While carrying a BlackBerry was once a status symbol, these days it's become a symbol for being behind the (ahem) curve. Still, RIM hopes that with BlackBerry 10, the all-new operating system set to arrive early in 2013, the former smartphone front-runner can return to its former heights (or at least to No. 3). Will BlackBerry 10 help RIM recover? LAPTOP Editor-in-Chief Mark Spoonauer spoke with Fox News' Adam Housley about the company's chances.
"This time around, RIM is focusing more on the user experience, instead of just speeds and feeds, which really hurt the company with the ill-fated BlackBerry Playbook," Spoonauer said on Tech Take. "The company is getting back to the basics and appealing to business users."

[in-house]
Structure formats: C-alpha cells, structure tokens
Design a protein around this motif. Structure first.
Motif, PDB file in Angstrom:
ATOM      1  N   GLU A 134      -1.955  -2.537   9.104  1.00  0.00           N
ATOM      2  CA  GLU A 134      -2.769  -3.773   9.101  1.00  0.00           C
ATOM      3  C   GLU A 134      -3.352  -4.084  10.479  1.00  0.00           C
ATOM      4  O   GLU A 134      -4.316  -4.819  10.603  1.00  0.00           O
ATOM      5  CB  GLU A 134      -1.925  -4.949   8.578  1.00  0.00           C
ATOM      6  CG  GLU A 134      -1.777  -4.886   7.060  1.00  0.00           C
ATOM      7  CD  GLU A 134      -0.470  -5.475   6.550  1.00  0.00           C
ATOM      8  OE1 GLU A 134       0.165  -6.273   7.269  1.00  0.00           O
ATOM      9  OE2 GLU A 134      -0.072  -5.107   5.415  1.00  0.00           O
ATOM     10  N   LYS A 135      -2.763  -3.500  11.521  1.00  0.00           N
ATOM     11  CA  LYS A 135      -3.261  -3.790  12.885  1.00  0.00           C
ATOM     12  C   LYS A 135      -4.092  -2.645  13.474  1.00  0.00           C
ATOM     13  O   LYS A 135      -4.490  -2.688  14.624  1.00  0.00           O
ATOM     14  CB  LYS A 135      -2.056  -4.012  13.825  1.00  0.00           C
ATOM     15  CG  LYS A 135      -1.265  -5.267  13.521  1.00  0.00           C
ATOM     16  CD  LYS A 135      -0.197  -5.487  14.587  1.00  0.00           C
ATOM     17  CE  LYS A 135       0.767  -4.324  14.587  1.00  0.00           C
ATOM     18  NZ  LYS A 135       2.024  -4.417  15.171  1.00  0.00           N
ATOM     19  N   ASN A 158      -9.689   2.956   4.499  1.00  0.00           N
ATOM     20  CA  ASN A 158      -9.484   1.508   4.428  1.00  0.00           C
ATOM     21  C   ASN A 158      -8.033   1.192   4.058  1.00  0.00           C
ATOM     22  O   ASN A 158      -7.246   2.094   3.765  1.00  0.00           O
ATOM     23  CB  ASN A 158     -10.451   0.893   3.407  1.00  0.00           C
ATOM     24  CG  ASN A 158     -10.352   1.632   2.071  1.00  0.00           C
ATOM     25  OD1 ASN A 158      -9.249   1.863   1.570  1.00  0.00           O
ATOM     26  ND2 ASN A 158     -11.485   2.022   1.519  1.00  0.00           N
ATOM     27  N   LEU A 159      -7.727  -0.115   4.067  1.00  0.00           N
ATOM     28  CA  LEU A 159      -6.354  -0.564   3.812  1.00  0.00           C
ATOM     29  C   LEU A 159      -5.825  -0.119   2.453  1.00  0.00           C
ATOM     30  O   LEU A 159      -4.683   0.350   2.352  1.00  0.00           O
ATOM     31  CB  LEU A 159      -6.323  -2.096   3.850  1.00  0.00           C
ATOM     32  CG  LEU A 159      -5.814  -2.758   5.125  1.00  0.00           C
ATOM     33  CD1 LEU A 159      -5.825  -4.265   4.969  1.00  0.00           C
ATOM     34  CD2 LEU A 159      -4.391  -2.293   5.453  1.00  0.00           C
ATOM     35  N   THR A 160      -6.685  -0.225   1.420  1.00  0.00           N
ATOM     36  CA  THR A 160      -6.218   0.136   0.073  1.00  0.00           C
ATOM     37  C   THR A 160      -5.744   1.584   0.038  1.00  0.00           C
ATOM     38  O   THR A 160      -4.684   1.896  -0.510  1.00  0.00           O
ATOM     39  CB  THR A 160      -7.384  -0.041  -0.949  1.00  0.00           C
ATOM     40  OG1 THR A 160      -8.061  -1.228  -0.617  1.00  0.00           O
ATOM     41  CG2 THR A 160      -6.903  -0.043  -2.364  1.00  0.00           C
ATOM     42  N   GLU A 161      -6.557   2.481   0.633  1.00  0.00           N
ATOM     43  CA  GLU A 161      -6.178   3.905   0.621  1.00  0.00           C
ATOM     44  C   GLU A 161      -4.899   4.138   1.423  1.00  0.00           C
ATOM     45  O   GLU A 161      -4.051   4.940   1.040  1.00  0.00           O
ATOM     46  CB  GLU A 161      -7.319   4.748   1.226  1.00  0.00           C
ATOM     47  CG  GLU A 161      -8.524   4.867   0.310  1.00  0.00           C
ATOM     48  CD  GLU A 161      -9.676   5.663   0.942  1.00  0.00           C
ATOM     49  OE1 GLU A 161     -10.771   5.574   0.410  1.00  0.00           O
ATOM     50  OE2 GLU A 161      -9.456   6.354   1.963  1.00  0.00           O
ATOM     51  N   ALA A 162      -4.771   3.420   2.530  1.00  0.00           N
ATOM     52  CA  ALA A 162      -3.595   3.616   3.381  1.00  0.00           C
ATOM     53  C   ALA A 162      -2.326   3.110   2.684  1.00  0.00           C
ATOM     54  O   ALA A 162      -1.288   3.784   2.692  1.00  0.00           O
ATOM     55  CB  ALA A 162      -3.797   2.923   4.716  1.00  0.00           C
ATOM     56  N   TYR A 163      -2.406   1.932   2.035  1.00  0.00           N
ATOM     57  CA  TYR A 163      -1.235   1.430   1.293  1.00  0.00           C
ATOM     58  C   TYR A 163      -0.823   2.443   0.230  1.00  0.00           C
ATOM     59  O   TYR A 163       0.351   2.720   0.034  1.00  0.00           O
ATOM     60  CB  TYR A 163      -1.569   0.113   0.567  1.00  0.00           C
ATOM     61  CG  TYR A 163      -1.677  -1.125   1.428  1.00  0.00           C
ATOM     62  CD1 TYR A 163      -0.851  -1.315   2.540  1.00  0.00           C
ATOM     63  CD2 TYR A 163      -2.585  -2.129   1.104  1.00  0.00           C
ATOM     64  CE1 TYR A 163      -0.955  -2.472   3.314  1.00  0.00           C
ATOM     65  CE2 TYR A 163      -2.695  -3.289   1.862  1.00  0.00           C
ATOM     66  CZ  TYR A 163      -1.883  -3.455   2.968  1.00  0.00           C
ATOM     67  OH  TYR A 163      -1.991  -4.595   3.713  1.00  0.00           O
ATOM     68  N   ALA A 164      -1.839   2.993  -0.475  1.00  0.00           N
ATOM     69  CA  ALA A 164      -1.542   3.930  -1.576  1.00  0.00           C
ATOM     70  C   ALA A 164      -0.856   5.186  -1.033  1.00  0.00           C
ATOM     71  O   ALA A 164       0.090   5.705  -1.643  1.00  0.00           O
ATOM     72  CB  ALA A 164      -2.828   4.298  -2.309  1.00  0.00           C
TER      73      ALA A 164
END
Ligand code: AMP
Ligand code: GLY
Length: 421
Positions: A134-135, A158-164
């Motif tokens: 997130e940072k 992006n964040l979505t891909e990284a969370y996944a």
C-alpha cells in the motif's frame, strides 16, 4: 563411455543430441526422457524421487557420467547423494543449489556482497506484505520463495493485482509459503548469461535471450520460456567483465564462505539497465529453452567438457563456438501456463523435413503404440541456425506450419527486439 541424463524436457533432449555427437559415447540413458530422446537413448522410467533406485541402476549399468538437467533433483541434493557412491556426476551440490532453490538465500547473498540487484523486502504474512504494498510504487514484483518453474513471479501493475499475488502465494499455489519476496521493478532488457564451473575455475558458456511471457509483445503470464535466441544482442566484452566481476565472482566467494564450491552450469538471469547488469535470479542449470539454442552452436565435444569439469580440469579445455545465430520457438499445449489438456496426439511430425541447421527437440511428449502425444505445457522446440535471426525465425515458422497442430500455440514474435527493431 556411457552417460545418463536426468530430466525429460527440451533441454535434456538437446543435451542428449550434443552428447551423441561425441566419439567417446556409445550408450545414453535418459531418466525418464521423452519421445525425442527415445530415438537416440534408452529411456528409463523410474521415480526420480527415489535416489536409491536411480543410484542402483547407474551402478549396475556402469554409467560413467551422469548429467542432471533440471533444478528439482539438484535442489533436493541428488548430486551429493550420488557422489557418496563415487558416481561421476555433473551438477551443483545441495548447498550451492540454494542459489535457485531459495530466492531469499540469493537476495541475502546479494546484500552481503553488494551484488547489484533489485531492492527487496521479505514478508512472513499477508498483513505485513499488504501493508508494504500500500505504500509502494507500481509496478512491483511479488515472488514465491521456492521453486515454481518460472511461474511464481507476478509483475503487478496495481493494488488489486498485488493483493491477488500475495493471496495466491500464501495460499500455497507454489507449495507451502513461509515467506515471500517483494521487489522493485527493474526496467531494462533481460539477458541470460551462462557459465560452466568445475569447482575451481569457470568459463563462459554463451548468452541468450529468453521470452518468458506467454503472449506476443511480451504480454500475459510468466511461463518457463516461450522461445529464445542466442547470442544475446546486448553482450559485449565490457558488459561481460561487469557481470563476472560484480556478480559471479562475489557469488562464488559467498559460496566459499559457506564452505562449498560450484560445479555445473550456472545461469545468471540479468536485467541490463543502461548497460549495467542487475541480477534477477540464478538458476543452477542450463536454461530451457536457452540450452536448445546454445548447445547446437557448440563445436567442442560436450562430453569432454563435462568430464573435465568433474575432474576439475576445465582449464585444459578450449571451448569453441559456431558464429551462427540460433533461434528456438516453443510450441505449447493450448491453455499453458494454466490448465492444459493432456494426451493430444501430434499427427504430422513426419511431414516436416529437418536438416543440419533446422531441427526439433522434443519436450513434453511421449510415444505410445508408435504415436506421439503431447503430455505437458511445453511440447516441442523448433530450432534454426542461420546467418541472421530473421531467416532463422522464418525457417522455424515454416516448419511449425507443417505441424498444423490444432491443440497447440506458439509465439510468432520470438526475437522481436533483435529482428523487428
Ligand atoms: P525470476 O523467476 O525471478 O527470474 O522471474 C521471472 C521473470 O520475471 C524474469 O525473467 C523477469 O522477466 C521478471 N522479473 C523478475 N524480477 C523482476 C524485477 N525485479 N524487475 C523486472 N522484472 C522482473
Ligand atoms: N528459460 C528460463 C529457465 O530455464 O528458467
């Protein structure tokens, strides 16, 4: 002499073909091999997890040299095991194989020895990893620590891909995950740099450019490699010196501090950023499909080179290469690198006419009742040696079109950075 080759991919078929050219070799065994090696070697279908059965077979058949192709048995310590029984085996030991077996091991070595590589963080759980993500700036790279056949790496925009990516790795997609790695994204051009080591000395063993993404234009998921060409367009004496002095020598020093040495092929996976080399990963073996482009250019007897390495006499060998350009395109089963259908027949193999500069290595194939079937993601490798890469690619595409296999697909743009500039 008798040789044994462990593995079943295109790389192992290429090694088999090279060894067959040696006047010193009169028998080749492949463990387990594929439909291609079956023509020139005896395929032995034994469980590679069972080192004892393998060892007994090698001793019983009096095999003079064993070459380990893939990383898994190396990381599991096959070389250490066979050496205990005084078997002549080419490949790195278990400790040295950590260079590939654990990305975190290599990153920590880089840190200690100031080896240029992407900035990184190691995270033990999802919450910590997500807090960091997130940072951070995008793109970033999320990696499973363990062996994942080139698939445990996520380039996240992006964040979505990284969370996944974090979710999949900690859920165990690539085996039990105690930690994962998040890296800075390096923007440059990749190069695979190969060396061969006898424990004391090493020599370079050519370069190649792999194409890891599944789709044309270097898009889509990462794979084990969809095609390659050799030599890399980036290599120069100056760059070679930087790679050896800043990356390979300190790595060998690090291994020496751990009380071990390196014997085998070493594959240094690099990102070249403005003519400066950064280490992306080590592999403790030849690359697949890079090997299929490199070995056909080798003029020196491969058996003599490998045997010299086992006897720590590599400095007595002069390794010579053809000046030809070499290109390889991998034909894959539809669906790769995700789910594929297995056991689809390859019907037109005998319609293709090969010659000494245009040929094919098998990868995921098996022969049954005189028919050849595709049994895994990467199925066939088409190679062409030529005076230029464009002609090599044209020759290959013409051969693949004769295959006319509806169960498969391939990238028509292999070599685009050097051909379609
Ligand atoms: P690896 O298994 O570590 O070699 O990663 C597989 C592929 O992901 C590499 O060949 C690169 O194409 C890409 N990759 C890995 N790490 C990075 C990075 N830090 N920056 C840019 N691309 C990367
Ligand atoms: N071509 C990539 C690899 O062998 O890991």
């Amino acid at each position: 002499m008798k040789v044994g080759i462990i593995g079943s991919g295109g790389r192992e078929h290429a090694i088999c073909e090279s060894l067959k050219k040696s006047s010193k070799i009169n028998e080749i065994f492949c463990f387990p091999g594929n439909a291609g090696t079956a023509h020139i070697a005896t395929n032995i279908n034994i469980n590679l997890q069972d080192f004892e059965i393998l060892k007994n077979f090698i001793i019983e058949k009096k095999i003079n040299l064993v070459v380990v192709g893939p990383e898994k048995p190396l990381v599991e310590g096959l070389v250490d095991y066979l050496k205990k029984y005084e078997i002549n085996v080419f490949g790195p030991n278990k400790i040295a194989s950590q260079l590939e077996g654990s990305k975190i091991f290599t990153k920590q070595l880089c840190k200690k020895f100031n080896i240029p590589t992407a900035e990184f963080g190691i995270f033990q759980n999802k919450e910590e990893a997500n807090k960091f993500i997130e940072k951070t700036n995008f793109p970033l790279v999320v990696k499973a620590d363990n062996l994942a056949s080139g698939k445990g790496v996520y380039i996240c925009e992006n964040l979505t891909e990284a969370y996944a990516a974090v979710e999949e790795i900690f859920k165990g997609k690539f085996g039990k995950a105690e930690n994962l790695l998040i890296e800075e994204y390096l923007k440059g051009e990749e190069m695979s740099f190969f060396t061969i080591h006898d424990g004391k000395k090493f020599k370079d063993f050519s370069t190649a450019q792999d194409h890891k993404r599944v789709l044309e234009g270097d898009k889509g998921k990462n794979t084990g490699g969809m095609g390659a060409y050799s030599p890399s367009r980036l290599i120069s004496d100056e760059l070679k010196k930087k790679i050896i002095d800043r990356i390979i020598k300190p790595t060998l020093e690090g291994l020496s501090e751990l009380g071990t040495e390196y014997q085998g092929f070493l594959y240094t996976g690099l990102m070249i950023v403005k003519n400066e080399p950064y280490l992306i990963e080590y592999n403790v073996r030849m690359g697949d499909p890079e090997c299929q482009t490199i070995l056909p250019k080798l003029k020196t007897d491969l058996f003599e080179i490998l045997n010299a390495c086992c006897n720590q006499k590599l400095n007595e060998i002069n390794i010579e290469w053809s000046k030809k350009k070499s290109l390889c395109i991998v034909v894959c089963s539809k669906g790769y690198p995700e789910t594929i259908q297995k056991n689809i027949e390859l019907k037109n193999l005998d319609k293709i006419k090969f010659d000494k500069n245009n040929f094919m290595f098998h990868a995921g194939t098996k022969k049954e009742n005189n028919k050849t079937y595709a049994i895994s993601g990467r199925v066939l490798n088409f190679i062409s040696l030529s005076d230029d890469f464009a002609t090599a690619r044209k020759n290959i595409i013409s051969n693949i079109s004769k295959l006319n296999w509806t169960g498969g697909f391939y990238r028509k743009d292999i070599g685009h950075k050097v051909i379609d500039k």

In the interview, Spoonauer highlights the Flow interface, which is designed to allow users to seamlessly transition from one app to another without having to navigate through the homescreen or use tiles. During our hands-on, the process of moving between the messages app and the calendar was "smooth and without hiccups" -- an impressive feat for a developer's build.
Nevertheless, Spoonauer argues, the new interface will only take RIM so far. "In the overall picture, it's all about ecosystem and apps," he told Adam Housley. "If the developers don't take to this platform, RIM will be sunk. All of these interface enhancements are important, but they really need to get those developers on board."
BlackBerry devices continues to sell well in certain parts of the world, despite plummeting market share in the U.S. Spoonauer is skeptical about the chances of BlackBerry making a big comeback stateside.
"In the U.S., where people people have a bring-your-own-device-to-work mentality, you have to be sexy and not just practical," Spoonauer said on Tech Take. "RIM hasn't demonstrated that they necessarily get that -- RIM is getting there, but I don't think the company's doing it fast enough."